Thank you, Priyanka Chopra, for showing Indian actresses aren't boring in Quantico

​The burning question of Quantico is, will the FBI catch up with Priyanka Chopra before her accent does? But before that, I must give a standing ovation to Priyanka Chopra for what she’s managed with Quantico.

Unless you’ve been living under a rock, you already know that the ABC series Quantico is about a bunch of recruits at the FBI Academy in the US. That’s not why it’s worth excitement. Quantico is the first time an Indian actor has been cast as the central character in an American television show. Glass ceiling, say hello to Priyanka Chopra.

The opening shot of Quantico’s pilot episode shows debris. The camera zooms in on to the wrist of a prone figure. It wears a wristband with a silver om dangling on it. Attached to the wrist is an unconscious Chopra.

Priyanka Chopra in Quantico. Screengrab.

Priyanka Chopra in Quantico. Screengrab.

Then Shah Rukh Khan steps into frame. Okay, no. But I did keep expecting that to happen.

What actually does happen is that we’re shown a flashback from nine months ago, when Chopra is seen jogging in Oakland, California. She says bye to her mother, who thinks Chopra is going to the train station, only to go to the airport and take a flight to Washington DC. We then see a number of other people – a blonde woman who seems to be living alone in a mansion; a priest from Salt Lake, Utah; a Muslim woman in a headscarf, in Logan, Ohio. They all behave a little oddly and are all headed to the FBI Academy.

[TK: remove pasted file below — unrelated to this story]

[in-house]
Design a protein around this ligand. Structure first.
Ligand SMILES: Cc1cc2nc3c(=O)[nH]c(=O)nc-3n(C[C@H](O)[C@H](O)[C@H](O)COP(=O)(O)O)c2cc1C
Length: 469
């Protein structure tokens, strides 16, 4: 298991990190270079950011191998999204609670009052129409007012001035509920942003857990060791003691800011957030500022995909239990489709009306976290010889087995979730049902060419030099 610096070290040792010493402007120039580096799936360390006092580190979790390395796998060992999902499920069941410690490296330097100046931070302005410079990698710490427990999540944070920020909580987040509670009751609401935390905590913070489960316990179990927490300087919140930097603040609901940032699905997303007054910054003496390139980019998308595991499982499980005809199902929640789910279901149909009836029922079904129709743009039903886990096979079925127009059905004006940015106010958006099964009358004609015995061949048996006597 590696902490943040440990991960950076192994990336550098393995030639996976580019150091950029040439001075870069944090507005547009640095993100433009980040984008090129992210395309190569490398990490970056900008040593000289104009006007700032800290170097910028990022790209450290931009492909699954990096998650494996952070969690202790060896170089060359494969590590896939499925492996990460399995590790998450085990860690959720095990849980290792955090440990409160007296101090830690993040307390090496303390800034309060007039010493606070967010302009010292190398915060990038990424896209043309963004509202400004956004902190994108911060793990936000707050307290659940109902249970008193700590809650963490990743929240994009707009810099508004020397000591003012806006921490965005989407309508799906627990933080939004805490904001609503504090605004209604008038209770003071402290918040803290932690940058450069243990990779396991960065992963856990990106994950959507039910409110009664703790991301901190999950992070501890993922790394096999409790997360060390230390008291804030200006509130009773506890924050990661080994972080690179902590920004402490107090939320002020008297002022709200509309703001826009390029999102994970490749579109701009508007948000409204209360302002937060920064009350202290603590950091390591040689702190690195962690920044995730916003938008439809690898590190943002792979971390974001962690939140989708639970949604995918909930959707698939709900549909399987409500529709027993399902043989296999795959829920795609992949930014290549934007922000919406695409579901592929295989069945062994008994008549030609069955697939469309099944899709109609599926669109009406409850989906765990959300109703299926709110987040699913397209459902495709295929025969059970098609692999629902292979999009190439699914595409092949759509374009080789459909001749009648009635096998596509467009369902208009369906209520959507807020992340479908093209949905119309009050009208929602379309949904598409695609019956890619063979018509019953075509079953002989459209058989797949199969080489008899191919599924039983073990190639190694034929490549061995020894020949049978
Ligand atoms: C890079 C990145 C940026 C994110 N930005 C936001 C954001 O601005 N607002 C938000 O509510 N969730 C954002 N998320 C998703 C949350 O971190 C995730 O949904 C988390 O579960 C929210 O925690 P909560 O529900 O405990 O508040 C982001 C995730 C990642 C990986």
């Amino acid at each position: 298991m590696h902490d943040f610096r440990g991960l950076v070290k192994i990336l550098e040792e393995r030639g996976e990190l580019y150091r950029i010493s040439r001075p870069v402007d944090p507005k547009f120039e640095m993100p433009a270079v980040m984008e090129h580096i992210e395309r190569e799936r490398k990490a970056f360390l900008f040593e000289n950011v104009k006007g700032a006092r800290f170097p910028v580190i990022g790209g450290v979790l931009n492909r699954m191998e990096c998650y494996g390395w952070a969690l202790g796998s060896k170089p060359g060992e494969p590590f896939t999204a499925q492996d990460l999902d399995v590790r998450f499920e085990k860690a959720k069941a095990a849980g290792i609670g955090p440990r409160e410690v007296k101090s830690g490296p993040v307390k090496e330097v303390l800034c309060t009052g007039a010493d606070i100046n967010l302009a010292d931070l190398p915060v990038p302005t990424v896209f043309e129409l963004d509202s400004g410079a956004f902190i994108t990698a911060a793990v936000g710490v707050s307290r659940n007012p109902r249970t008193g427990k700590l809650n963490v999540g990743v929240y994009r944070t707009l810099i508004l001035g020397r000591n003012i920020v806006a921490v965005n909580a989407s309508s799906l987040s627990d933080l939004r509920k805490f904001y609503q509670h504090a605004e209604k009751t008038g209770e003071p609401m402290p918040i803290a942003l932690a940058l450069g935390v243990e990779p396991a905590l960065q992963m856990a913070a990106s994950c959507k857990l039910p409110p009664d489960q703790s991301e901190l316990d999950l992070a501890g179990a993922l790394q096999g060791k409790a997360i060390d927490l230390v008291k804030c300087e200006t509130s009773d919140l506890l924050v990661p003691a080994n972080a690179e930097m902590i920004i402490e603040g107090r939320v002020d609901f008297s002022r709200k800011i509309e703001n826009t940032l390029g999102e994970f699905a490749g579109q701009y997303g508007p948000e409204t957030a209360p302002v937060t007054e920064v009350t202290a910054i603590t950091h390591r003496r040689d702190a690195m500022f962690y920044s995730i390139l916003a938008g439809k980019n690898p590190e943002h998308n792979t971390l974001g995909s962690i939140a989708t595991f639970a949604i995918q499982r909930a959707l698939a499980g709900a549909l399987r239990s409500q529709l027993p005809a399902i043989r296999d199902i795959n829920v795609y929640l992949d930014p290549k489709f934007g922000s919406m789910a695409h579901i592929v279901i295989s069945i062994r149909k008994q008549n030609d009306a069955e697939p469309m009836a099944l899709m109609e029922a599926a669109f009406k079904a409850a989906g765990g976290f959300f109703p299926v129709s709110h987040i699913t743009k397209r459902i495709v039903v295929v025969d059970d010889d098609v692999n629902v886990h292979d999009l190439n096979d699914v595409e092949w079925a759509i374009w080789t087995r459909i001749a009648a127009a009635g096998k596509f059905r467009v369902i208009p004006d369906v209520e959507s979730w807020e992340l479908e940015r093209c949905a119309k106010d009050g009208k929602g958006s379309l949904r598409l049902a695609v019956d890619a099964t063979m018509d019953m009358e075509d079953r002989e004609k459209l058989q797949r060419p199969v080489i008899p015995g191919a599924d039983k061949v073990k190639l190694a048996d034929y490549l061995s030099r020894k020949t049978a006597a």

Oh, and lest I forget, we are introduced to five different versions of the American desi accent, courtesy Chopra.

Chopra plays Alex Parrish – which is either the name of a monastery or a rock star — daughter of a woman named Sita, just in case we needed any confirmation that she is mostly Indian. Five minutes into the show, she does what none of our crossover Indian actresses (and I’m not counting Mallika Sherawat here) have done – she has sex on screen, that too with a stranger, in a car. Not just that, she enjoys it and isn’t apologetic.

Lord hail the Indian actress who believes in playing her role without thinking about how it will affect the hypocritical film fraternity and audiences back home! The only other Indian actress to have accomplished this feat is Freida Pinto, and it’s no coincidence that she’s an actress in Hollywood with practically no prospects to speak of in Indian mainstream cinema. God forbid one of our heroines do something as normal and blasphemous as kiss or hump on screen. She would immediately be considered tainted goods, unfit to play the sati savitri female lead in commercial cinema.

No such hangups in either Chopra or Quantico. Back at the FBI Academy, the new batch is given an assignment that requires them to investigate each other. Cut to the present: Chopra is lying in the middle of the debris without so much as a scratch on her. No wonder those investigating what is described as the worst terrorist attack on America since 9/11 look at her suspiciously.

Alex is told that one of her classmates is a terrorist and responsible for this attack. She’s asked to recount what happened at the academy. So she does and with each cut back to the present, Alex and the audience both realise that nothing is quite as it seems. Alex is in danger, she’s probably being framed, and there seems to be no one she can trust.

It’s an extremely taut first episode. There’s banter as well as twists and turns. It’s also eventful and stuffed with issues. Random sex, daddy issues, pedophilia, suicide — Quantico’s got it all. This is a gripping beginning.